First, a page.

The year is 1996 and the world has no idea what is about to hit it like a bullet train: Tom Cruise, the adrenaline junkie. Director Brian De Palma is simply making yet another movie about bad people doing bad things but inadvertently launches an action movie phenomenon so large, it makes our heart race even today.

While the thing about series maybe that you start with the first part and continue with each of its successors, my introduction with the Mission: Impossible franchise was quite different. I watched the third one first and I still, to this day, maintain that it was the absolute best of the lot. In a confusing, messy sequence, I managed to watch the entire series except one, the first.

So, in a bid to right all wrongs before the sixth part comes swinging off buildings or dangling off airplanes, I decided to watch Mission: Impossible before it got any numericals attached to it. Did it manage to stand on its feet? Sure, except when it tried to walk on a bullet train’s roof.

The film kicks off with the most perfect version of the title theme, U2’s. We find ourselves tapping feet, shuffling shoulders once again to the brilliant music as a montage of what is to come, runs before our eyes. The good music continues even in the Danny Elfman’s larger-than-life, John Williams-style background score so particular to the 90’s, it sets nostalgia rushing through our ears.

The largesse built by the music, however, juts out even more when juxtaposed with Tom Cruise pulling off one Scooby-Doo face mask after another. Before the series felt enough shame to actually show how the masks are made to give a better semblance of reality (MI3), it was simply letting Tom rip through the rubber and ugly old man prosthetics. The film is full of such goofy episodes and tricks but more on it later.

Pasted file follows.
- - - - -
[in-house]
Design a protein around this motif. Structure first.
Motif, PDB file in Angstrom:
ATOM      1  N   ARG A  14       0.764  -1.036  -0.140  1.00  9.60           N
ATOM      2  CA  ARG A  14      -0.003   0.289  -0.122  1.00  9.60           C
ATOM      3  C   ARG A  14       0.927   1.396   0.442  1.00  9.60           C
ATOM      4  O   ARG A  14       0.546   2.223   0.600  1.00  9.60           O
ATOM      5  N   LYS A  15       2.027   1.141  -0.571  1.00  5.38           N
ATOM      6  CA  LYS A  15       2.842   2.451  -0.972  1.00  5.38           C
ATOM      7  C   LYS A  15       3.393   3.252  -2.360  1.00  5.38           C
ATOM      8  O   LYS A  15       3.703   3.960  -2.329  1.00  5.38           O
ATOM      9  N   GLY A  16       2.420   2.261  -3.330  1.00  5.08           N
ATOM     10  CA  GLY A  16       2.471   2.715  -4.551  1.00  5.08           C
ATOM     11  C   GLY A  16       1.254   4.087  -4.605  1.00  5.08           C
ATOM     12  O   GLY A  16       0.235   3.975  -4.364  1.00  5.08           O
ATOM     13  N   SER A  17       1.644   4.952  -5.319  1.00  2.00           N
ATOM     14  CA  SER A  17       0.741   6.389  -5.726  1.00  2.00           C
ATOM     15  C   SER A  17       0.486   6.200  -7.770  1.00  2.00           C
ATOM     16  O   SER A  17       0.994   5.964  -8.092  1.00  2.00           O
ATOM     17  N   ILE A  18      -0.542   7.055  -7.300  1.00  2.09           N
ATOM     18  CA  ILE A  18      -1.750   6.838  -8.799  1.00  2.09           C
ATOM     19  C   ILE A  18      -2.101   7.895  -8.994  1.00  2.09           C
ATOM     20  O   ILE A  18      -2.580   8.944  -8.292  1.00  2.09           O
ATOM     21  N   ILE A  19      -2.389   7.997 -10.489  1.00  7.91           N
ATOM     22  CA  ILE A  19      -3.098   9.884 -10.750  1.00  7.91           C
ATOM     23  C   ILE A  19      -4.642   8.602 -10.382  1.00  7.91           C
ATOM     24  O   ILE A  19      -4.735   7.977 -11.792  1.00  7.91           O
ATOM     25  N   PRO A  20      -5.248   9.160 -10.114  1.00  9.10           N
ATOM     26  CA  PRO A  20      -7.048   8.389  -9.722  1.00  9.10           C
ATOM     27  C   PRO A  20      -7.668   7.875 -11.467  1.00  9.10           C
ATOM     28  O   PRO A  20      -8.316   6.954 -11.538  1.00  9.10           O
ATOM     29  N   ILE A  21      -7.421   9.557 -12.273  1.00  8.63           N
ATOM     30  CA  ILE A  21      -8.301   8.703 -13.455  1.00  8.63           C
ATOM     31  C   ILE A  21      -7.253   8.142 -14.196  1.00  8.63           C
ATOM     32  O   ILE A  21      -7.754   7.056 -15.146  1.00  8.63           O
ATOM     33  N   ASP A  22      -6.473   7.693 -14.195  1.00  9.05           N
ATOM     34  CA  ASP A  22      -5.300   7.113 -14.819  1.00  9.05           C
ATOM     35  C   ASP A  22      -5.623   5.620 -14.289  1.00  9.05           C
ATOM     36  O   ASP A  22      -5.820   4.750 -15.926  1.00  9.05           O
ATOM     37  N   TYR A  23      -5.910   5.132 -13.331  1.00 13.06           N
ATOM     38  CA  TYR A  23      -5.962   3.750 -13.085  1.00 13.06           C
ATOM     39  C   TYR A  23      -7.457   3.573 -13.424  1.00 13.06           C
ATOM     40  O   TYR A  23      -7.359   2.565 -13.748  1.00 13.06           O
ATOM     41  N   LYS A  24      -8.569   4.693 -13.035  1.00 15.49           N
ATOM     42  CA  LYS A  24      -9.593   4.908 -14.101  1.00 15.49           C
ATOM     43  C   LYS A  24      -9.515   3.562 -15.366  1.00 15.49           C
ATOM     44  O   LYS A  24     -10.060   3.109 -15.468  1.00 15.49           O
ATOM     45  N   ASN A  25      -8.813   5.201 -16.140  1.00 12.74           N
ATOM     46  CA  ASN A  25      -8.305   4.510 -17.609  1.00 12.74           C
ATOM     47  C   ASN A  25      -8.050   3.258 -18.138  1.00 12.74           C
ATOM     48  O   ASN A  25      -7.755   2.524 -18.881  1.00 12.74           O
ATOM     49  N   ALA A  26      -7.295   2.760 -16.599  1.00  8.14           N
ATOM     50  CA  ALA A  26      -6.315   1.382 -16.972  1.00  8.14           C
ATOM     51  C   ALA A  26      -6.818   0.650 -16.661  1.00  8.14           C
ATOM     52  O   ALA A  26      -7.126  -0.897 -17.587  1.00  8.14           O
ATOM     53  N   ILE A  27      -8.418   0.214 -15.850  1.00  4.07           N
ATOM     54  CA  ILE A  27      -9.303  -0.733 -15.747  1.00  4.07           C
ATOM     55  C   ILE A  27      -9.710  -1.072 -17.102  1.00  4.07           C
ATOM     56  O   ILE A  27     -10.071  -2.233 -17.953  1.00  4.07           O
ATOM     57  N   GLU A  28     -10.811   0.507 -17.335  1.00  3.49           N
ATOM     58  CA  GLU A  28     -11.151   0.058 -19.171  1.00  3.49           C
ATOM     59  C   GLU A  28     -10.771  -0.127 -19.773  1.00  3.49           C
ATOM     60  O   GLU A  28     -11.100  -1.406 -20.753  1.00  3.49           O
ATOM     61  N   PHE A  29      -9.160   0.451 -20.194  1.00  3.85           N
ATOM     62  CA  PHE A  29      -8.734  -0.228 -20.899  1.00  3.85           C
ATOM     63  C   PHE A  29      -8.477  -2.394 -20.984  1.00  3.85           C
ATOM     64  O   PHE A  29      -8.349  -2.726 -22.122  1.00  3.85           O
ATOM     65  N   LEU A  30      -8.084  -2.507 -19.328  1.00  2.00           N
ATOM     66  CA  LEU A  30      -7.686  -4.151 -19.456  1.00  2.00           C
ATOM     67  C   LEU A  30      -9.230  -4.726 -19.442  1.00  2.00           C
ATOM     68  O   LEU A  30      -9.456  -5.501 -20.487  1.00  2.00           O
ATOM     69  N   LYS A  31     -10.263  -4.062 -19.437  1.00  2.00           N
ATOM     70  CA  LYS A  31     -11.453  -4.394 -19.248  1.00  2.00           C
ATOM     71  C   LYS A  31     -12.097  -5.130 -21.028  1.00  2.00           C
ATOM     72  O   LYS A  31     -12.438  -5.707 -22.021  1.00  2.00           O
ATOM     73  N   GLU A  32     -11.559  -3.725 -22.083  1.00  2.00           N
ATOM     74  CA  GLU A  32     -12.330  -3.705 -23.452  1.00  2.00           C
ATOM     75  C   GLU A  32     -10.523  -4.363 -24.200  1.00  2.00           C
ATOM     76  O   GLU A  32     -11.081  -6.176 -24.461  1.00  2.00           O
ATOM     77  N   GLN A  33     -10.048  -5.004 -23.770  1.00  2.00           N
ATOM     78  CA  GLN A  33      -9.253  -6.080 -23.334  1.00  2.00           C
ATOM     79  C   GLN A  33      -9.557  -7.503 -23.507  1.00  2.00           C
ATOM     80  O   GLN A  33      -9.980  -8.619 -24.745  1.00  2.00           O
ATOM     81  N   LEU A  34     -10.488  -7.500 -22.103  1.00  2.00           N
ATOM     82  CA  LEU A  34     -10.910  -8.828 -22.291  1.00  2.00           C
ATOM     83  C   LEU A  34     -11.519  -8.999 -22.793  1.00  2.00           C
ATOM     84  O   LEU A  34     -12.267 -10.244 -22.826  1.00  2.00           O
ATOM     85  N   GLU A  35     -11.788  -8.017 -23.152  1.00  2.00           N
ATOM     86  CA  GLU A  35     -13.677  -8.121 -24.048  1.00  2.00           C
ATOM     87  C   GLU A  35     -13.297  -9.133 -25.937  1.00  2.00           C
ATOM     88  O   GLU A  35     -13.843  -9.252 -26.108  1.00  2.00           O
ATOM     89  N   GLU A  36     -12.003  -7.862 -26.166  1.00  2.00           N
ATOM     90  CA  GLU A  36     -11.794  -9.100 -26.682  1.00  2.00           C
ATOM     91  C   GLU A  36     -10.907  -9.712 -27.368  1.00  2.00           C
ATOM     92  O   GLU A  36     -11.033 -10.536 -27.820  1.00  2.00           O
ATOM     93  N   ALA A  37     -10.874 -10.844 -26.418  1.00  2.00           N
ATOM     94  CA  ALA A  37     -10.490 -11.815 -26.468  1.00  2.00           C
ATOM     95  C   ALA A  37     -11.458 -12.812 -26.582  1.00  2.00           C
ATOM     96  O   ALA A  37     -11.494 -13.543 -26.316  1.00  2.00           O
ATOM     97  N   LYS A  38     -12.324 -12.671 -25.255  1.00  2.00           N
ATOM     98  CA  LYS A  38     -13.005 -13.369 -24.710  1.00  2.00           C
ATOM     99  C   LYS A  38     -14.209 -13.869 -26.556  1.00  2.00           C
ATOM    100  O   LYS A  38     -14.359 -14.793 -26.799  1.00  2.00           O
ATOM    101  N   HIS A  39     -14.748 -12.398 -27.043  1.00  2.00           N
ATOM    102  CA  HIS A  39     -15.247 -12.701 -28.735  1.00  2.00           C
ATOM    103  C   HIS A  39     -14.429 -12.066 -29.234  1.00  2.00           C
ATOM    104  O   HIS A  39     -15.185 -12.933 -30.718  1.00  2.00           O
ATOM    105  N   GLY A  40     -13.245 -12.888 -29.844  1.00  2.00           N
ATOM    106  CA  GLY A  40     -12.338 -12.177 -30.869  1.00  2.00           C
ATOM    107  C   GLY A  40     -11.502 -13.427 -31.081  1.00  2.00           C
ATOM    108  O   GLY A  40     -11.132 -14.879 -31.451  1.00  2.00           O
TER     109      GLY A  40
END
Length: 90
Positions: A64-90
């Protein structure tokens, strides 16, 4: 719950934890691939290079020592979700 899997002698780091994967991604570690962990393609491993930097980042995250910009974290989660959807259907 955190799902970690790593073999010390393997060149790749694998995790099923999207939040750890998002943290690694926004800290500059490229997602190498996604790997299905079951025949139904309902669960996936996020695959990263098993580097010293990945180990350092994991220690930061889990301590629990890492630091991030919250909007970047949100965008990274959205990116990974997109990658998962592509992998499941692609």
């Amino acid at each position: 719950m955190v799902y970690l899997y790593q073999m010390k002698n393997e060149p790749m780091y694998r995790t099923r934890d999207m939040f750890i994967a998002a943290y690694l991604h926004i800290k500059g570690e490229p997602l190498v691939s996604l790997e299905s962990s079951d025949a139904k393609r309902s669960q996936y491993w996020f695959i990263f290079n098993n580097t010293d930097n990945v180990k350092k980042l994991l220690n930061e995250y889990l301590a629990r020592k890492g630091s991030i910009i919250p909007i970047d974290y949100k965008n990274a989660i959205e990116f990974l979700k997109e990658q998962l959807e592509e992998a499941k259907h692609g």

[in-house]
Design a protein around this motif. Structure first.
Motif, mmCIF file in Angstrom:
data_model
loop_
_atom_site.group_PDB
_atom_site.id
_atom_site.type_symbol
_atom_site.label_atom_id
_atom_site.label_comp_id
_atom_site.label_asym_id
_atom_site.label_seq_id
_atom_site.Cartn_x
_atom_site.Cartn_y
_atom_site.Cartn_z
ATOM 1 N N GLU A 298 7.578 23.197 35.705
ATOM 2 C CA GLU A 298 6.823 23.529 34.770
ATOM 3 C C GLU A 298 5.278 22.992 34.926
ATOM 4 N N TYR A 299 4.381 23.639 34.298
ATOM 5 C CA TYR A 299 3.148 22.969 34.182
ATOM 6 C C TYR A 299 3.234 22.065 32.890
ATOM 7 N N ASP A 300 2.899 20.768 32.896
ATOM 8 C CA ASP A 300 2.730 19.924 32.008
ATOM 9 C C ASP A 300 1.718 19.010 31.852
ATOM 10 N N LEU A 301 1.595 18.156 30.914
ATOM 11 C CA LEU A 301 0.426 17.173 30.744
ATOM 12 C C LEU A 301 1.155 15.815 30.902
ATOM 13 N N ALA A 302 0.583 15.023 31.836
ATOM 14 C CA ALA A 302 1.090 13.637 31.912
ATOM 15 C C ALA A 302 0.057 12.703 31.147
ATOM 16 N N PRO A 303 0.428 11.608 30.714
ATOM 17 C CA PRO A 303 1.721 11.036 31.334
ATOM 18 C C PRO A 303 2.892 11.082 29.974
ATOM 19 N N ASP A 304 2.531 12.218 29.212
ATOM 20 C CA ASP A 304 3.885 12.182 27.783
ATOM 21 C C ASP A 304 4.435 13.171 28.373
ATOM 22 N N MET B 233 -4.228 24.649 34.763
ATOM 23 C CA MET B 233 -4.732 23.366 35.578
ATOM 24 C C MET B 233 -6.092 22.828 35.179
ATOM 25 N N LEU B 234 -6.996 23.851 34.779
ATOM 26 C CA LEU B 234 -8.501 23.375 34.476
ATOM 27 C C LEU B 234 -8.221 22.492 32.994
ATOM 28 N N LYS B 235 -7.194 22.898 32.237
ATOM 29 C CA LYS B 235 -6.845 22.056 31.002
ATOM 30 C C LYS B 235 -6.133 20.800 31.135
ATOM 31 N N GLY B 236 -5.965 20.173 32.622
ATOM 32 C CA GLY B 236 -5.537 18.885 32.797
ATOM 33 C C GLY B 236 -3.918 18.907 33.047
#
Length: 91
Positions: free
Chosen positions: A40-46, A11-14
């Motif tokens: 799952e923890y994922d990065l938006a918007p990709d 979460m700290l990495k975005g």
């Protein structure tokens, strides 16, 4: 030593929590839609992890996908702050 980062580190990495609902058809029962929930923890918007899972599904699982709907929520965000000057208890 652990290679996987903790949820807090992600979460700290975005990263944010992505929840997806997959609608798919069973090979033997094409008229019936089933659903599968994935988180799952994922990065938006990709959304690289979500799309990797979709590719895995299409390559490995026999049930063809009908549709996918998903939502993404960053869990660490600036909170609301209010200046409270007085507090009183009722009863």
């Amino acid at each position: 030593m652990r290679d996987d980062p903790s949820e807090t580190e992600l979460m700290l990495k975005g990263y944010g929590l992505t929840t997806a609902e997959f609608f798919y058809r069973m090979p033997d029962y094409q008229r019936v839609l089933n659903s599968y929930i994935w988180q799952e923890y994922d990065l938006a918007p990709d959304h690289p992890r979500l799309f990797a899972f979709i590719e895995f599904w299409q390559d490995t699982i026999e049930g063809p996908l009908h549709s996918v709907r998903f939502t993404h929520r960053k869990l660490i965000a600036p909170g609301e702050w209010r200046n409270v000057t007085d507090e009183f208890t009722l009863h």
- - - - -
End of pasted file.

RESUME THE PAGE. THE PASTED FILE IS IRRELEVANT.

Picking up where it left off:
In the first chapter of his story, Ethan Hunt is out with his IMF team to save secret agents all over the world but on they fail the mission badly and he ends up losing his entire team. The officials suspect him to be a mole and he thinks it all a ploy to frame him for the crimes of somebody else. He escapes their hold, running his classic Tom Cruise sprint for the first time ever. It’s a beauty.

Once escaped, he decides to find the real mole in a long series of events. He wins over the criminals’ trust, deceives them, loses an important floppy disk, finds it swinging from a ceiling, loses trust in a few old friends, wins a few new ones. All in time to kick Jon Voight off a bullet train. I really cannot let go of that train.

As thrilling and intelligent as the computer room scene was, the horribly tacky climax was enough to ruin it all. It does not matter how well you get the pulses racing, hearts beating with a hand-in-your-mouth stunning sequence which is played out to the beat. No action movie is complete until Vin Diesel launches a missile at the submarine, Superman and Batman battle the CGI beast and Tom Cruise dangles off a bullet train.

The climax, after the rubber masks, also seems to have come straight out of yet another episode of Scooby Doo. Jean Reno makes evil faces as he tries to slit Cruise’s throat with helicopter blades, in a tunnel, tethered to a train; Jon Voight, who really does not seem fit enough to be leaping off trains and into helicopters, is the villain who will soon say ‘So long my boy!,’ as he launches into a maniacal laugh.

While the series may have progressed so much in the two decades since its inception, it did have very humble, very comical beginnings that would look far from cool to the audiences today. So should we start excepting a multi-million dollar franchise from The Flying Jatt?

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